Michele went on to describe how there are outrageous situations that this generation of Black spouses face that their white counterparts don’t (like being mistaken as the nanny for one’s own kids!). She doesn’t want future generations to have to deal with such problems.
Tori held that same conviction. “I refuse to let my kids grow up in a world with the same struggles I did.”
Tori pointed out how military life doesn’t come with the same work-life separation as other jobs: “Your work colleagues are your friends, your drinking buddies, and your neighbors. One of the reasons we took such a big step to change the military community from the inside-out is because this is our life, and we want to make sure we’re surrounding ourselves with people who will create a safe place for us and our children.”
Shannon explained the genesis of their Facebook group: “I was looking for a group like this, to process the rampant racism I and my husband have experienced. I found some, but they didn’t center Black voices or facilitate real reflection — people just jumped into comments without pausing to think and learn. So I asked whether anyone would help me create this group. Tori and Michele DM’d me, and here we are!”
What are your goals for this group moving forward?
“We’re not the prophets of racism,” Tori clarified. “We don’t know everything about it; we’re still learning ourselves. We just want to have everybody come together and share their stories.”
Eventually, Shannon hopes they can mobilize this group into political action. “Really far out, I hope this group grows and we can send our message to Congress together.”
Do you have any advice for spouses who might want to get involved in activism, but are afraid?
Shannon had an answer right away. “A lot of white people worry about saying the ‘right’ thing. But it’s not about that — it’s about being there. Being open to real education and unlearning the things you think you know. Say something, and then use it as a learning experience to do better next time. That’s why we don’t let anyone delete posts in our group — we don’t want you to erase the education that others took the time to add.”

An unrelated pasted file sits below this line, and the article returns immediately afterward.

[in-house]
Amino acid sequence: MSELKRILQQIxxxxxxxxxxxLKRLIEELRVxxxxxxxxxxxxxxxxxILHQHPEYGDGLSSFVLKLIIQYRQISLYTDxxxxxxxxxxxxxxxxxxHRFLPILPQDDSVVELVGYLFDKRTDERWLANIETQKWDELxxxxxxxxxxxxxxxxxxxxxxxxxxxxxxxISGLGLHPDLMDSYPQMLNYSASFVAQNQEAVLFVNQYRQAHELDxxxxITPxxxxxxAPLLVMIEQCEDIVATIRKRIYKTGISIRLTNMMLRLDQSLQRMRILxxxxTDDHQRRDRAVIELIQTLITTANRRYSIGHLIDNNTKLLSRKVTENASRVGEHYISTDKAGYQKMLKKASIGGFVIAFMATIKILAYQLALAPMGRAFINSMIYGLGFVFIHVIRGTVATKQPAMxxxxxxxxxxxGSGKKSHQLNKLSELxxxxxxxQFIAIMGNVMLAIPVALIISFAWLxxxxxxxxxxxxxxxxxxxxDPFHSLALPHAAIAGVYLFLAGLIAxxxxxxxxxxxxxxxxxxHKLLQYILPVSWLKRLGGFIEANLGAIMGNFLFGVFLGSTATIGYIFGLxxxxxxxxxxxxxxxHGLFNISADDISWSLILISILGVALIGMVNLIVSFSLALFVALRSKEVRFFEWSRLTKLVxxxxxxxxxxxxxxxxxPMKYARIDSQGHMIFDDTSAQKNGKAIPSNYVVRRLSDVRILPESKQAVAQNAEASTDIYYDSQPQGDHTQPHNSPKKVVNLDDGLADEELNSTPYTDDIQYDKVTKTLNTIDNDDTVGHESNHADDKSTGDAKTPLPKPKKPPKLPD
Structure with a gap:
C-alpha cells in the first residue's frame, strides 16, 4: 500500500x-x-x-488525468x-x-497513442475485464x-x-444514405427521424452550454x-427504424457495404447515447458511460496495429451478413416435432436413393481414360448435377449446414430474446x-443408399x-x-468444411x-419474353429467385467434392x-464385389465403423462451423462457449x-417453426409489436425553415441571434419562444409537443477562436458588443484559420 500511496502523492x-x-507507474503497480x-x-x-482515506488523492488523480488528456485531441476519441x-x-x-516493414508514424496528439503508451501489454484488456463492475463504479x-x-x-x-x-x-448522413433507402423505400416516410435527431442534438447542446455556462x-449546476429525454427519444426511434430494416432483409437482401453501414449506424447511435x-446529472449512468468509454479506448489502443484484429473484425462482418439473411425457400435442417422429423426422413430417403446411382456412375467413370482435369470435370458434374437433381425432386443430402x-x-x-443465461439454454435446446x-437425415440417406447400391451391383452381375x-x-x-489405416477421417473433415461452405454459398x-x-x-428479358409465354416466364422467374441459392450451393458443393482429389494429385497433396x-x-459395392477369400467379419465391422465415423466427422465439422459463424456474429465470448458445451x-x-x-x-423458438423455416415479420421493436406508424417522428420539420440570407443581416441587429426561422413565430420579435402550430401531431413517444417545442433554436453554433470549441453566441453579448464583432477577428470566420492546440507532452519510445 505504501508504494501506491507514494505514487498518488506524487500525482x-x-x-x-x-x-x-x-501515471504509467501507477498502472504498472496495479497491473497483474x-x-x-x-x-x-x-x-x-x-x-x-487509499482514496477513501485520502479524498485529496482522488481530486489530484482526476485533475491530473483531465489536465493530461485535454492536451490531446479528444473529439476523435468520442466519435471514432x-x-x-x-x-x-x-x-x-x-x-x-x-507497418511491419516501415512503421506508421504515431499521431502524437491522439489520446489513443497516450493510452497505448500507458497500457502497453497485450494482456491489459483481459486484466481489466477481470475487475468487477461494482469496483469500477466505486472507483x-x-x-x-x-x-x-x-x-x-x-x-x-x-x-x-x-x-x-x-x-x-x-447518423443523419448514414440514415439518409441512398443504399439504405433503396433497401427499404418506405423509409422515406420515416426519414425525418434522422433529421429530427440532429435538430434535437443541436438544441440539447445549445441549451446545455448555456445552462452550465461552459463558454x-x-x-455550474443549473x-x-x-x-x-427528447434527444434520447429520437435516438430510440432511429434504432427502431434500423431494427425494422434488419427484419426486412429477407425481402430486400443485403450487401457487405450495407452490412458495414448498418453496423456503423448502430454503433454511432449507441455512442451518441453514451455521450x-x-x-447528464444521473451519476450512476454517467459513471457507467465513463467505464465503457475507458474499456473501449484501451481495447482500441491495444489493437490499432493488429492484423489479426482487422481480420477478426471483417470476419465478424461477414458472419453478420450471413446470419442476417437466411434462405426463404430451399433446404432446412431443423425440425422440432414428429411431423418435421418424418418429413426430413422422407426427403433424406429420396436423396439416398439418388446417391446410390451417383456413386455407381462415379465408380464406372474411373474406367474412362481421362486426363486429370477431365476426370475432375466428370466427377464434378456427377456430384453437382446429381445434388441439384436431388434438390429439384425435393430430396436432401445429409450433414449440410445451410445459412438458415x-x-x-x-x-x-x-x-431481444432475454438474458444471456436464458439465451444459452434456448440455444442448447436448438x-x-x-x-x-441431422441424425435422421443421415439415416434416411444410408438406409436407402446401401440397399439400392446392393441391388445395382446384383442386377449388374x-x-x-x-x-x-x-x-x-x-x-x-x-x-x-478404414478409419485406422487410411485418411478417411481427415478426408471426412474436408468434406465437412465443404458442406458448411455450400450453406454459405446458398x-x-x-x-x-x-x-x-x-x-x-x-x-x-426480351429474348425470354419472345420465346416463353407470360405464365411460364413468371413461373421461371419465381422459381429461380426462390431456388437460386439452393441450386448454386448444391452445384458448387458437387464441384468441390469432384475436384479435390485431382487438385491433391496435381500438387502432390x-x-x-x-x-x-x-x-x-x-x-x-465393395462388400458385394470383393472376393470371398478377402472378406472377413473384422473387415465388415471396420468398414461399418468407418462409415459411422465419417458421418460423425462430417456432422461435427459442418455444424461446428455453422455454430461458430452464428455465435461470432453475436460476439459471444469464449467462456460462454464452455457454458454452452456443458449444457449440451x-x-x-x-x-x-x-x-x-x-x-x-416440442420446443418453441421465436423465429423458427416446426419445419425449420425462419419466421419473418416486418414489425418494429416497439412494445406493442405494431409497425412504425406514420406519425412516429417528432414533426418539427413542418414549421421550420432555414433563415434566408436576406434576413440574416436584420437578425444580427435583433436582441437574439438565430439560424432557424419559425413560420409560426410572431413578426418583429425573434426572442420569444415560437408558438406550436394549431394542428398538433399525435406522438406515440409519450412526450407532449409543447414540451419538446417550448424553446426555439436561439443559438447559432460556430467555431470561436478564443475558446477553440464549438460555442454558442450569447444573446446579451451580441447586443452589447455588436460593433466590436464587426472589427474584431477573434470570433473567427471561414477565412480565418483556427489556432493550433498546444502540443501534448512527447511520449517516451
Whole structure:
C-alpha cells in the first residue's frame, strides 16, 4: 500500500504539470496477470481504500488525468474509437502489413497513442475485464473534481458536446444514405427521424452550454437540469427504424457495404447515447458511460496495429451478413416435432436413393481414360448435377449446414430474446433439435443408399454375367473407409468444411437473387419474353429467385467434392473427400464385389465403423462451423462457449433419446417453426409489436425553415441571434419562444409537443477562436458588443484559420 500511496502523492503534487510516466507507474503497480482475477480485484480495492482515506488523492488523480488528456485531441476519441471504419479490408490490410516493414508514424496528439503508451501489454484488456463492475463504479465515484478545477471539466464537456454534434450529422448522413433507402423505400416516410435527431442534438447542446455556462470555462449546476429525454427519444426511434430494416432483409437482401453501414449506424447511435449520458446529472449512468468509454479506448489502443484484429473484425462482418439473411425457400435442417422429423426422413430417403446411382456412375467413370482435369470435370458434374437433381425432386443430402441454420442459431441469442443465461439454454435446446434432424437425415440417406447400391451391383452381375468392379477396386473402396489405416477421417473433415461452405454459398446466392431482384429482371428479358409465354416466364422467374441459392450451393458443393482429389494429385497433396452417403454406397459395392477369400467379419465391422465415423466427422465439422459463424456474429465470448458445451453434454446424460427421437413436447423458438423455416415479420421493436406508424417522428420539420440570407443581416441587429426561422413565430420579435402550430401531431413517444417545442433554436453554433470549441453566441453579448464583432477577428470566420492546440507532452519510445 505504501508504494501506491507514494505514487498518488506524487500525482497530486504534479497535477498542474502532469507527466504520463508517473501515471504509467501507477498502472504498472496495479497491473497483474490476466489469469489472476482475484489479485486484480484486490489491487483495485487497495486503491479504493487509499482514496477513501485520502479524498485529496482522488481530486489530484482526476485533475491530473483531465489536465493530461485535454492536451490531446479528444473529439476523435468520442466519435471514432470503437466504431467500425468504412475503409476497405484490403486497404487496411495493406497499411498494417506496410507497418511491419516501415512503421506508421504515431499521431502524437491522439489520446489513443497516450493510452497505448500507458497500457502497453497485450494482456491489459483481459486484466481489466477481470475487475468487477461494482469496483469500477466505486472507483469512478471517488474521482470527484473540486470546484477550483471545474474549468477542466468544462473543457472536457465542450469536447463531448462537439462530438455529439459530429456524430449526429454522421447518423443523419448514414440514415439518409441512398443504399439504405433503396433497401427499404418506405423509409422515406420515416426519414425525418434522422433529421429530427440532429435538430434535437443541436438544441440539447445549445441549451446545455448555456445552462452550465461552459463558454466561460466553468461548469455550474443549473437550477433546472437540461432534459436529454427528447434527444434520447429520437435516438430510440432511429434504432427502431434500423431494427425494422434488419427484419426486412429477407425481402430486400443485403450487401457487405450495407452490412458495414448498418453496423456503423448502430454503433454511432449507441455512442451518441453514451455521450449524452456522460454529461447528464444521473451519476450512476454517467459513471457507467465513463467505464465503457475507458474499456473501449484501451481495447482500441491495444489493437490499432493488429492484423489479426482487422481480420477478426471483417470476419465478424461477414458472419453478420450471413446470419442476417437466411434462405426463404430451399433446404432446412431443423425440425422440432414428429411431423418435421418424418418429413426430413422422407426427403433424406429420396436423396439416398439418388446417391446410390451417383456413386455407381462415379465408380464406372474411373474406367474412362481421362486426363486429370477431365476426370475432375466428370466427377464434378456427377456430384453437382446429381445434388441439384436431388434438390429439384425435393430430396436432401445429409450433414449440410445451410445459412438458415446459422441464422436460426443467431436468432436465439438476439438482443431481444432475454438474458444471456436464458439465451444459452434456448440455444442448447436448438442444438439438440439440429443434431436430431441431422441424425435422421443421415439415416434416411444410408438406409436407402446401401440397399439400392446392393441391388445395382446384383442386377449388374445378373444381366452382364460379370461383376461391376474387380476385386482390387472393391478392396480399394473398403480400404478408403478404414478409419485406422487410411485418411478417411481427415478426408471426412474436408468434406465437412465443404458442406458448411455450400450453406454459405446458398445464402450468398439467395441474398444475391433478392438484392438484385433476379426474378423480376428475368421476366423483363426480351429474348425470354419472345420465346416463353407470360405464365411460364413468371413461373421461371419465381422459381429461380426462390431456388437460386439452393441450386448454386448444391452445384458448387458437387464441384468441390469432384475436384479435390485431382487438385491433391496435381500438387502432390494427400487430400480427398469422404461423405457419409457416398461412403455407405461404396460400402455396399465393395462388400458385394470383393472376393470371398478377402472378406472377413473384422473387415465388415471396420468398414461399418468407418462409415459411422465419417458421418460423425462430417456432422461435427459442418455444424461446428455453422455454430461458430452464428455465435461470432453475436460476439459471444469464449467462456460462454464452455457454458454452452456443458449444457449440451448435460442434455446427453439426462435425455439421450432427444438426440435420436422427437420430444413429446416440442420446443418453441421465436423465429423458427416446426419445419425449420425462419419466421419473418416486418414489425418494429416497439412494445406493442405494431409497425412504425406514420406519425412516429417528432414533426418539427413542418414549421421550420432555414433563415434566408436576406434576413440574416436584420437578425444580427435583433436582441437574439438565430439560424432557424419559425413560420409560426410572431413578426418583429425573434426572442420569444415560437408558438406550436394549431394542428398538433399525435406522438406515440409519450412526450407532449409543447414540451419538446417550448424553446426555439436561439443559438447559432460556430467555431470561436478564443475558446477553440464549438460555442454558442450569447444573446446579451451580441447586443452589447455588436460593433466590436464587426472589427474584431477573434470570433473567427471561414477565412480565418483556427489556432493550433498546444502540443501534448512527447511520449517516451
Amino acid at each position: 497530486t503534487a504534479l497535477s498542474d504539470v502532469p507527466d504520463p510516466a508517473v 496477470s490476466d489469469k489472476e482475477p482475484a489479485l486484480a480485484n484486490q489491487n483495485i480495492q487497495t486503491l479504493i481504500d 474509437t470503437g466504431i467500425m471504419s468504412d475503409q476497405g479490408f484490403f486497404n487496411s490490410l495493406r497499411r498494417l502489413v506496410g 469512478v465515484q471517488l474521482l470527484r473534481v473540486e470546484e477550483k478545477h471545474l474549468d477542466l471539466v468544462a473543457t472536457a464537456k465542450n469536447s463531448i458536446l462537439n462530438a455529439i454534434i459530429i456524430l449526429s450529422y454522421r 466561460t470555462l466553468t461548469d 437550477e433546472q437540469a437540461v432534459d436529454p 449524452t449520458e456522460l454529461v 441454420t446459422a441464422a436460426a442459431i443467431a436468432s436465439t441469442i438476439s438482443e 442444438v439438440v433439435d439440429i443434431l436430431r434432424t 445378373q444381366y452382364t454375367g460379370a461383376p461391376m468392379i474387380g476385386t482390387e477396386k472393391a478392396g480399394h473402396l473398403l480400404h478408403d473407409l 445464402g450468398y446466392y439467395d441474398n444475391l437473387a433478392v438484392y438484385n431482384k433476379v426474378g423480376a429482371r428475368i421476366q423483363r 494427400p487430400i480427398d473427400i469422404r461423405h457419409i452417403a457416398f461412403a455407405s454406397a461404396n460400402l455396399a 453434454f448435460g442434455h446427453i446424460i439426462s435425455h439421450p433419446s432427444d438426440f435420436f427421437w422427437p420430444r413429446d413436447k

Michele nodded. “It’s about growth and accountability. You can start small; it doesn’t have to be big, profound, or on-display for social media. You can make changes at home with your family members, by changing your own thinking and raising your kids to be good allies. Sometimes that’s the best work you can do.”
Tori addressed head-on one of the biggest fears some spouses have. “You are going to make people angry when you call them out. I’ve done that, and it’s hard. But as you evolve, your energy is going to attract the right kind of people. It’s ok to be finding yourself through this.”
Everyone agreed that spouses have more influence than they may realize.
“Spouses have a lot of power in the military community,” said Shannon.
“Pillow talk goes a long way!” joked Michele.
“Spouses are the ones dealing with the base politics a lot, when their service member is away.” Tori observed. “We want to let spouses know there are others who feel like they do.”
I’ll end with something Shannon said at the very beginning, because I think it speaks to one of the best, most under-rated upsides to being a vocal advocate: finding community with others.
“These women are like my long-lost sisters. We have the same values and same goals, and that has really brought us together.”
If you’re interested in joining this group, you can find them on Facebook: Military Spouse Network for Black Lives Matter.
Some additional resources: Shannon hosts a podcast called “Powers Through” where she invites marginalized women to come speak about their experiences with intersectionality. She also leads a “Read Beyond the Book” book club, for those who want to consume and process readings and podcasts together.